Use these free building plans to build a wren nesting box to encourage wrens to raise their young in your backyard. This box is suitable for House, Carolina, and Bewick’s wrens and others of a similar size.
I also have free instructions for a chickadee nesting box and a bluebird nesting box.
House Wren (Troglodytes aedon)
- Size: 4.75-inches
- Number of Eggs: 5 to 9
- Length of Incubation: 13 to 15 days
- Broods per Season: 2 to 3
- Food: Insects, spiders, millipedes, and some snails.
- Range: Summer – most of United States north into Canada. Winter – south coastal United states, south into Mexico.
- Partnerships: Male house wrens frequently change partners. While one mate is finishing up with a brood, he may have a new female incubating eggs.
It’s nesting time! Birds may settle in decorative birdhouses in your garden but did you know it’s actually safest to provide proper nesting boxes designed for the species you want to attract?
The best nesting boxes are custom made to suit each bird’s natural behavior in their preferred habitat. The bonus is, nesting boxes provide reliable housing and extra protection from predators.
This project is for wrens (super sweet, tiny birds!) and it’s quite simple: the entire thing is built from one piece of wood and there are no fancy cuts required. I’ll walk you through how I made it and share a favorite how-to guide for building other nesting boxes
How I Attracted Wrens to My Garden
I get a good variety of birds in my garden but one that had eluded me until last summer were the wrens. I see several types while I’m hiking in the area but none in my own yard. That is, until I accidentally created an enticing habitat for them.
Click here to watch live bird cams
While doing some garden clean up last year, I decided to create a brush pile. I kept a bunch of tree branches, leaves, and other debris, thinking I could make use of everything in the new year (for garden art projects and mulch).
Funny enough, within days of creating the pile, masses of wrens showed up. I first noticed their voices. They are such funny, tiny, social birds and very playful. Dozens of them started flitting around that part of the garden, declaring it their new hangout area.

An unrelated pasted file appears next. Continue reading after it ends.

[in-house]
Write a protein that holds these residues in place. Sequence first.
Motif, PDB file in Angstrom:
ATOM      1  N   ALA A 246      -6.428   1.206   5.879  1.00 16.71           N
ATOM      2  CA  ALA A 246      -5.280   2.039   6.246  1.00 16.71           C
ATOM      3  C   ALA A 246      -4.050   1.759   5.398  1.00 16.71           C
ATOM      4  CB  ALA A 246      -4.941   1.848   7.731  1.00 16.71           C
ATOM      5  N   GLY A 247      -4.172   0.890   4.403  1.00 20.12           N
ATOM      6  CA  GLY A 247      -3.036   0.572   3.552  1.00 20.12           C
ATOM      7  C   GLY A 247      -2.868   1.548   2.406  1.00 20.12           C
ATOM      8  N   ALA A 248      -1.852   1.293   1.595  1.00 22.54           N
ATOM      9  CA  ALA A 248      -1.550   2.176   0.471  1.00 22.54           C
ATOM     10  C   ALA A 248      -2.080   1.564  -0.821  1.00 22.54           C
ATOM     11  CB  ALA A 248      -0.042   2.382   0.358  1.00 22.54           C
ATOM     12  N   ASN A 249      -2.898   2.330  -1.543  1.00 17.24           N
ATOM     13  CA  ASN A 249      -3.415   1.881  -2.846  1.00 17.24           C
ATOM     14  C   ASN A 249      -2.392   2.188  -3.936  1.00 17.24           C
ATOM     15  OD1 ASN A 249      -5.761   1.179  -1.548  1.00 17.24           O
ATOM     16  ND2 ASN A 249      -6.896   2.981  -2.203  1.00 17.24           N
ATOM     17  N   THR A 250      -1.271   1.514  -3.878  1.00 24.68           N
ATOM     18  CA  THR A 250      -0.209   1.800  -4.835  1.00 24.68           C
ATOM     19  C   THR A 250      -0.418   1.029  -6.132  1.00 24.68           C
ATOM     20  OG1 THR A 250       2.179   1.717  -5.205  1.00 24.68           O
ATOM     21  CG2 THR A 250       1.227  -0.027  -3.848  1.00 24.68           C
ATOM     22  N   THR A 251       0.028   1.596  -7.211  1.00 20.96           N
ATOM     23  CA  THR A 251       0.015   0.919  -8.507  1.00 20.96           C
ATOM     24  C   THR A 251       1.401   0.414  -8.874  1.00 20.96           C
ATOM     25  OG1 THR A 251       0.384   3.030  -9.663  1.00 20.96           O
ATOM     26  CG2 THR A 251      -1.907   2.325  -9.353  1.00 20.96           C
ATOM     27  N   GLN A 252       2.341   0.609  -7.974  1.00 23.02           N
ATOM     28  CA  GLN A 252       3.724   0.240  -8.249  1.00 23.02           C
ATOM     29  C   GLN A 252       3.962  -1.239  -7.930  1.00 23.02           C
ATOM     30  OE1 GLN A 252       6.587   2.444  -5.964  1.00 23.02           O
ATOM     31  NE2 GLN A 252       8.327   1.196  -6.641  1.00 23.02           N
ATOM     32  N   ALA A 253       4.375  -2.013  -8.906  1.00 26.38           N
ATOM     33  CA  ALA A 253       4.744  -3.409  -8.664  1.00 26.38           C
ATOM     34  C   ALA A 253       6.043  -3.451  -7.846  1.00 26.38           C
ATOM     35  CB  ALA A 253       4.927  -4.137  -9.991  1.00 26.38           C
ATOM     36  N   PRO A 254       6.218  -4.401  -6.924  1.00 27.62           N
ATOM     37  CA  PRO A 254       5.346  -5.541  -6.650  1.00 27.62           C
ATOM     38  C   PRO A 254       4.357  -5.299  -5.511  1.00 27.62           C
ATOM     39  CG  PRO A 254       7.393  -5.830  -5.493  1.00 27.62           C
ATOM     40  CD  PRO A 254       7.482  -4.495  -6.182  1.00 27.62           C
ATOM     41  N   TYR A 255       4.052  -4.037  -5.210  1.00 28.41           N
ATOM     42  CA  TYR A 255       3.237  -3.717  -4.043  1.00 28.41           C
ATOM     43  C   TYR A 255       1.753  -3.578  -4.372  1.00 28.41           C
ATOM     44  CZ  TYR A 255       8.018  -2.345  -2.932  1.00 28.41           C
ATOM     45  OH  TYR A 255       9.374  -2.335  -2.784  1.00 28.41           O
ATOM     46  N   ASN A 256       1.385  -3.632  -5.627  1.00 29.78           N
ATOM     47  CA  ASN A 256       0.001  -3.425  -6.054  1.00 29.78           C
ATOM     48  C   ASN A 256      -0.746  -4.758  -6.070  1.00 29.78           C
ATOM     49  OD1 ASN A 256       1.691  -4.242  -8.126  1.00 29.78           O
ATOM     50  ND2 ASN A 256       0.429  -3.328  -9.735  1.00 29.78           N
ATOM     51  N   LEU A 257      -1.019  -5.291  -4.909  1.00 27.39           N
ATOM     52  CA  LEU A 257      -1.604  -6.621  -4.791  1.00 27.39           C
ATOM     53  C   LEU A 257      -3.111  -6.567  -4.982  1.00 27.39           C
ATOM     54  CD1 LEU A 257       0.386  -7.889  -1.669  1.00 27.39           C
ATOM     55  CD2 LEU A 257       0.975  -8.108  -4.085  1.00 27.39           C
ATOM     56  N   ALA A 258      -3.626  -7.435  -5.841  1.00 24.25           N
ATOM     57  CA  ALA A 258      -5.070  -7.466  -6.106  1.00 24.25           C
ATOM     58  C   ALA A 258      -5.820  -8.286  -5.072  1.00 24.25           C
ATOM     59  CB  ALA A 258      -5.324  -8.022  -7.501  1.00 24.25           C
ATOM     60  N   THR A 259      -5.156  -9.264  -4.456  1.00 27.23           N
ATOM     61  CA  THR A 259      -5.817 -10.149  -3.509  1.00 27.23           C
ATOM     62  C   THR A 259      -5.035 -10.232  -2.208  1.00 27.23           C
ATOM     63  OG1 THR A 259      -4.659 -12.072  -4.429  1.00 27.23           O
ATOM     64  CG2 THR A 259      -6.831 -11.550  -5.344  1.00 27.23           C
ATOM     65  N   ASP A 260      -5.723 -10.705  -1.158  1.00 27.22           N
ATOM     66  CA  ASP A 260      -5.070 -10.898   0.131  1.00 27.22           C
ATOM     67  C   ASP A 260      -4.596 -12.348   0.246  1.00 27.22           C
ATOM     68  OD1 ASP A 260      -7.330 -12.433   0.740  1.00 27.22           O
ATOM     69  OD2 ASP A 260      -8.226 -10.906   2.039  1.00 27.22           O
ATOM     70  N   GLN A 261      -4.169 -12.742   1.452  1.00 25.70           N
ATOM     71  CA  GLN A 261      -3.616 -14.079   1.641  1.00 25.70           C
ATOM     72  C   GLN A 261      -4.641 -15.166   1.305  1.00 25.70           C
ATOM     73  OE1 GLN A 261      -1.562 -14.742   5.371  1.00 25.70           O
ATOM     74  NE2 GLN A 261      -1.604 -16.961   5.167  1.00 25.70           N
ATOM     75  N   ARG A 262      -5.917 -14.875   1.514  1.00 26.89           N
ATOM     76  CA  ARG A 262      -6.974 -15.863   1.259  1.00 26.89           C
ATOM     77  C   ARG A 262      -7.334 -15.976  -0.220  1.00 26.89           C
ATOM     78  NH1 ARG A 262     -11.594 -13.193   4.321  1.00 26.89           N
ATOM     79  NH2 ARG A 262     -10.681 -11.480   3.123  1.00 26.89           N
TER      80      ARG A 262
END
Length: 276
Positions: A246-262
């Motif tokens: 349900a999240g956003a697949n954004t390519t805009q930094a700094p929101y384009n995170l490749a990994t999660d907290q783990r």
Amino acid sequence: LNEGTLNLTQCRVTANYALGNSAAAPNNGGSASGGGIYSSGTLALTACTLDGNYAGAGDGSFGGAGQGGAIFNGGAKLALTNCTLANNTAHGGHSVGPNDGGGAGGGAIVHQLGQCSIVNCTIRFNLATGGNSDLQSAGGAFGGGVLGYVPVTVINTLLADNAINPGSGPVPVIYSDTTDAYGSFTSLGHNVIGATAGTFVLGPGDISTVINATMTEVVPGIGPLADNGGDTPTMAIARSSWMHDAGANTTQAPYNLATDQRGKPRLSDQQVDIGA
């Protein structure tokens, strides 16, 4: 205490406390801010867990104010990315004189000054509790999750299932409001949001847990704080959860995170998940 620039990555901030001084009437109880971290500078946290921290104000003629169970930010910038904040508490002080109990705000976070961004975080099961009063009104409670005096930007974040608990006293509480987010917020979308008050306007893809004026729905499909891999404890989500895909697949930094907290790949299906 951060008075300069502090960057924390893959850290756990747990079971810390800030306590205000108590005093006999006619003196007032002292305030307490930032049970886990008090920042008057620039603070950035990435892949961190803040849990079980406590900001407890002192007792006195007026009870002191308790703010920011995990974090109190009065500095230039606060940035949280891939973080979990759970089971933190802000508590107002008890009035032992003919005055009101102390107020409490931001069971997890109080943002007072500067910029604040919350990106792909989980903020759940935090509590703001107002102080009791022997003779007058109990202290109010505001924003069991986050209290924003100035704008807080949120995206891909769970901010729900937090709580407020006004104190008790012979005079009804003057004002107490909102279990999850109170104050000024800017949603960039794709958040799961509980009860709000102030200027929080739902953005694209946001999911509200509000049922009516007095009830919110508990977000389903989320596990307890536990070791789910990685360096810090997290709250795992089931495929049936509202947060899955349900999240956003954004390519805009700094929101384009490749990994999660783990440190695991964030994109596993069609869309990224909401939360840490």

Here we are now, and it’s spring and mating season. I’m ready to start using the branches for projects, but I don’t want my dear wrens to move along. I decided to make them a nesting box and place it by the brush pile so I may have some chance of convincing them to stay.
Attracting birds and other wildlife that eat slugs and snails is an all-natural way to control pest populations.
This nesting box was adapted from plans in the book Bird Watcher’s Digest Easy Birdhouses & Feeders: Simple Projects to Attract and Retain the Birds You Want.
This book provides plans for a wide variety of nesting boxes for birds including woodpeckers and owls, as well as some DIY birdbath and feeder projects.
If you are interested in making any of these projects, I highly recommend it. I received a review copy and it has become my go-to book for building nesting boxes.
Related: How to Choose Wildlife Houses for Birds, Bees, Bats, and Owls
Build a Wren Nesting Box
And Keep Predators Out
This nesting box is suitable for House wrens (Troglodytes aedon) and others of a similar size and behavior including Carolina (Thryothorus ludovicianus) and Bewick’s (Thryomanes bewickii).
The required size and shape for a nesting box is going to vary depending on the type of bird it’s for. That’s another reason why I really like this how-to book: it describes exactly what the birds need and why.
Wrens like to be in low shrubs and bushes and near the ground. Because of this, the nesting box should be placed approximately 4 feet off the ground, near some shrubs.
Wrens are tiny birds and their nesting box is quite small too: the base is just 4×5″, providing just enough room for the brood but snug enough to keep everyone warm. Wrens lay a whopping 5-9 eggs and incubate them for approximately two weeks before hatching.
One common problem with generic nesting boxes is the size of the doorway. The opening on the wren nesting box is 1 1⁄4″ (one and one-quarter inch). Any smaller and the birds may be able to get in but not out (especially youngsters who grow quite large before fledging). Any larger and unwanted predators (including other birds) may get in and do harm.
One other consideration is the wood. You want it untreated and free of harmful chemicals. Also, most lumber has a smooth side and a rough side. Place the rough side inside the box. This provides some grip for the wee birds to climb out.